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1984 Anti-Sikh Pogrom US Court Orders Trial Against Indian Government Minister Kamal Nath September 22, 2010


1947-2014 (Archived)
Jun 17, 2004
U.S. Court Orders Trial Against Indian Government Minister Kamal Nath for His Role in 1984 Genocide of Sikhs - Trial Begins September 22, 2010

NEW YORK, Sept. 10 /PRNewswire/ --On September 07, 2010, Honorable Judge Robert Sweet of the United States District Court for the Southern District of New York issued an order in the case against Kamal Nath,

Indian Government Minister for Roadways, who is accused of leading the mob that attacked the Sikh Temple, Gurdawara Rakab Ganj, in Delhi on November 1, 1984 during which many Sikhs were burnt alive. The case against Nath was filed in April 2010 by the plaintiffs, Sikhs for Justice (SFJ), a U.S.-based non-profit human rights advocacy group and victims Jasbir Singh and Mohinder Singh. The judge is asking the parties to appear in court on September 22, 2010 for a pre-trial conference to discuss "settlement, exploring contemplated motions, stipulating facts, arranging a plan and schedule for all discovery and setting a time for trial". The lawsuit against Minister Nath is filed under the Alien Tort Claims Act (ATCA) and the Torture Victim Protection Act (TVPA) asking the U.S. Court to grant compensatory and punitive damages for Nath's role in the genocide.

According to Mr. Gurpatwant Singh Pannun, legal advisor to Sikhs for Justice, "The plaintiffs have requested a jury trial during which they will submit documentary evidence proving Nath's leadership role in the November 1984 genocide along with many leaders of the Indian National Congress. The new evidence proves Minister Nath also organized the massacre of Sikhs in various cities of the State of Madhya Pardesh including his constituency in the Chhindwara district. According to official documents of the Indian Government, more than 3,500 hundred claims were filed by Sikhs from the state of Madhya Pardesh alone."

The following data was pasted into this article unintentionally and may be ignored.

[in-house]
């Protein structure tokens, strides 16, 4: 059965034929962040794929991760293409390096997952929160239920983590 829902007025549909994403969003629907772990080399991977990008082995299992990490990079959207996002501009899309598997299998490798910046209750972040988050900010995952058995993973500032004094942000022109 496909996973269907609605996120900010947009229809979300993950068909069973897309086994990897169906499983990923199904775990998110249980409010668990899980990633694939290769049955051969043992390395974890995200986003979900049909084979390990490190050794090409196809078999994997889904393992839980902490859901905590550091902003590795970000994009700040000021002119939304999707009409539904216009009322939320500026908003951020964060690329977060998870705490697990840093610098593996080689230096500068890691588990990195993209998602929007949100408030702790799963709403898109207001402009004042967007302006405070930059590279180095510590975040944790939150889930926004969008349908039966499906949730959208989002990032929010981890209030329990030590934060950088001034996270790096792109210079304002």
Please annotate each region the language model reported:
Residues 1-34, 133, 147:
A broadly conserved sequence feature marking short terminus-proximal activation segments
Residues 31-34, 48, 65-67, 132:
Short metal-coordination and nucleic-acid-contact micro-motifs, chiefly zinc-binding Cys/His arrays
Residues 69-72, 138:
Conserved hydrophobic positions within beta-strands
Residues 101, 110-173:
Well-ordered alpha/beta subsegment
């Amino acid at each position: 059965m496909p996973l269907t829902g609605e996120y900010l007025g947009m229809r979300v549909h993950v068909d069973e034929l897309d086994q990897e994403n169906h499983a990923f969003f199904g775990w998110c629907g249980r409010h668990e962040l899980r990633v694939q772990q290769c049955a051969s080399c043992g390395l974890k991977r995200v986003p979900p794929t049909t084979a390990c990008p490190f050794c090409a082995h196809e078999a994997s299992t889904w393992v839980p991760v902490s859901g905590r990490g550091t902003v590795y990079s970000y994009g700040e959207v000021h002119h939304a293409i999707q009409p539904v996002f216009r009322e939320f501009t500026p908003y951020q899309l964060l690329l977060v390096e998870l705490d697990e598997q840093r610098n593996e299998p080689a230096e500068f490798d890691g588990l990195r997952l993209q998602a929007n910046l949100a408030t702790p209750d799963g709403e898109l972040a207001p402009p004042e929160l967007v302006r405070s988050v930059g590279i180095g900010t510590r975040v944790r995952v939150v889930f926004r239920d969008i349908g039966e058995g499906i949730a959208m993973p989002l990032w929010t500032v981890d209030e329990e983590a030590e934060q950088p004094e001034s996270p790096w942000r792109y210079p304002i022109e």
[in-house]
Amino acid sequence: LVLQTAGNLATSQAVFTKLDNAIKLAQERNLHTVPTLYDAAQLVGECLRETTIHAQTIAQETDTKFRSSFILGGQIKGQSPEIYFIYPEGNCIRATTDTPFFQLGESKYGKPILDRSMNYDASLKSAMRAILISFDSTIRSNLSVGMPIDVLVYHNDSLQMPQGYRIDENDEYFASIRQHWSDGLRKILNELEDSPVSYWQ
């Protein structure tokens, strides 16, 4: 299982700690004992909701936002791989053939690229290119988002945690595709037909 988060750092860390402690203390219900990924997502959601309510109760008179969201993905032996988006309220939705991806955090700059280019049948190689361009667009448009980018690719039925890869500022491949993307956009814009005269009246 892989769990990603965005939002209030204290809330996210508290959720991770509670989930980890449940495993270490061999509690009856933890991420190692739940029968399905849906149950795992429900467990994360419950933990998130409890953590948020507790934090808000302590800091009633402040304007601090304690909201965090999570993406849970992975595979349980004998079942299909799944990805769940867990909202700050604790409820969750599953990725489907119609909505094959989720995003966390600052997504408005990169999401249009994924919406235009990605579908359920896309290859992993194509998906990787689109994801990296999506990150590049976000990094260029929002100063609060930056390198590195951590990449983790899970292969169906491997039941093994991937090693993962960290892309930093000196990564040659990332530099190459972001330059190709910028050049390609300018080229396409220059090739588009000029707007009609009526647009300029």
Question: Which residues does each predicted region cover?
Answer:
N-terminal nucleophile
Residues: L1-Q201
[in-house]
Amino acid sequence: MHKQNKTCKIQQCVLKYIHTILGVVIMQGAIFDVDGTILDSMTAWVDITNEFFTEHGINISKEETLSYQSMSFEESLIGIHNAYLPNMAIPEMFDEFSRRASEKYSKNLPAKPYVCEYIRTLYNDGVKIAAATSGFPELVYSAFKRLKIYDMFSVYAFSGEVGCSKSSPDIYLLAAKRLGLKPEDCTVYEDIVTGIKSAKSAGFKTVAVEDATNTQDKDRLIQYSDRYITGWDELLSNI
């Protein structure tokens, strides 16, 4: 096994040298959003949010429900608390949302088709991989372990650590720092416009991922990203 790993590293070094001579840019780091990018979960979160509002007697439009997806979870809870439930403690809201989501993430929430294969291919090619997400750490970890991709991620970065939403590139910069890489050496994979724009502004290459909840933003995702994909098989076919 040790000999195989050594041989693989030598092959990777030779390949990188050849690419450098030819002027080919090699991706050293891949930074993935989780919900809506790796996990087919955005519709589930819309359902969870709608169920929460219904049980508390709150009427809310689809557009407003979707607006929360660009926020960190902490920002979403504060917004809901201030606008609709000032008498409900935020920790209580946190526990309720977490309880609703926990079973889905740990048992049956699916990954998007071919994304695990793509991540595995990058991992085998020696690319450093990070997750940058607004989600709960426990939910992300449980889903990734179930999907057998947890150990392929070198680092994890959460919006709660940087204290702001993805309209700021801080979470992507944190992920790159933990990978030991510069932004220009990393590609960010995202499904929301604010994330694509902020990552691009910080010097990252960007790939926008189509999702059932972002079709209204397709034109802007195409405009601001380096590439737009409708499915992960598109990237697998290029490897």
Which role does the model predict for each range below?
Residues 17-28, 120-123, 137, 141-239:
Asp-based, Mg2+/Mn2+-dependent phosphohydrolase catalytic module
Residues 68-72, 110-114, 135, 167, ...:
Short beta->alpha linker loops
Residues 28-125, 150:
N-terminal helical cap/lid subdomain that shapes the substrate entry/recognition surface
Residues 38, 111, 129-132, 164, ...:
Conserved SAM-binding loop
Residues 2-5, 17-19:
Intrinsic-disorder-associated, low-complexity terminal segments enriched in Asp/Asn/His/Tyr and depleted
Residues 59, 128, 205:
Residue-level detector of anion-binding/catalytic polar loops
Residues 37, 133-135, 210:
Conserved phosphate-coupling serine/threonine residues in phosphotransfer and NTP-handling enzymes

Plaintiffs will call upon genocide survivors and experts on genocide as witnesses to prove that systematic killing of Sikhs in November 1984 was Genocide as defined Article 2 of the UN Convention on Genocide.
For more information, please visit sikhsforjustice.org.

Tina Mosetis: 516-458-2090/calltina@verizon.net
Charlotte Tomic: 917-882-5243/ctomic@aol.com



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1947-2014 (Archived)
Jun 17, 2004

US court orders 'pre-trial conference' in Kamal Nath case
New York, Sep 9 (PTI)

A US Federal court here has issued an order asking parties to appear for a ''pre-trial conference'' before it on September 22 in connection with a case filed against Surface Transport Minister Kamal Nath over his alleged involvement in the 1984 anti-Sikh riots.

"Counsel are directed to appear for a pre-trial conference to discuss settlement, exploring contemplated motions, stipulating facts, arranging a plan and schedule for all discovery and setting a time for trial," the court said.

No comments were forthcoming from the Minister's side today. Last month, the court had issued a "default order" against Nath for his failure to respond to summons, which was issued on April 6.

The case against him has been filed by Sikhs for Justice, a US-based non-profit organisation, along with two members of the Sikh community -- Jasbir Singh and Mohinder Singh. Reacting to the default order, Nath had said "I have taken note of the contents of the news report and shall take appropriate legal advice and action in the matter. In any event, I reiterate that I have committed no wrong and I have been advised that proceedings initiated against me in the USA are liable for summary dismissal."

The complaint states that the "the defendant was seen and heard by many on the scene of Gurudwara Rakab Ganj. In this particular incident defendant was leading and in control of a mob of about four thousand people."

Nath, who steadfastly maintains his innocence, has asserted that he tried to calm the mob down and not incite it. "I really have no clue about it. I don't have a basis and I don't know the authenticity. I don't know the validity," Nath had said in April, shortly after hearing about the summons.

In 2005, the Nanavati commission on the Sikh riots described the minister's testimony as "vague" but concluded that there was no evidence that he had incited a mob. The petitioners, who have filed the case under the Alien Torts Claims Act, seek compensatory and punitive damages for several allegations, including crimes against humanity, degrading treatment and wrongful killing.

Noting that a "jury trial" was preferable, Gurpatwant Singh Pannun, the lawyer for the case, told PTI that they intend to put Nath "in a spot" and bring international attention to this case.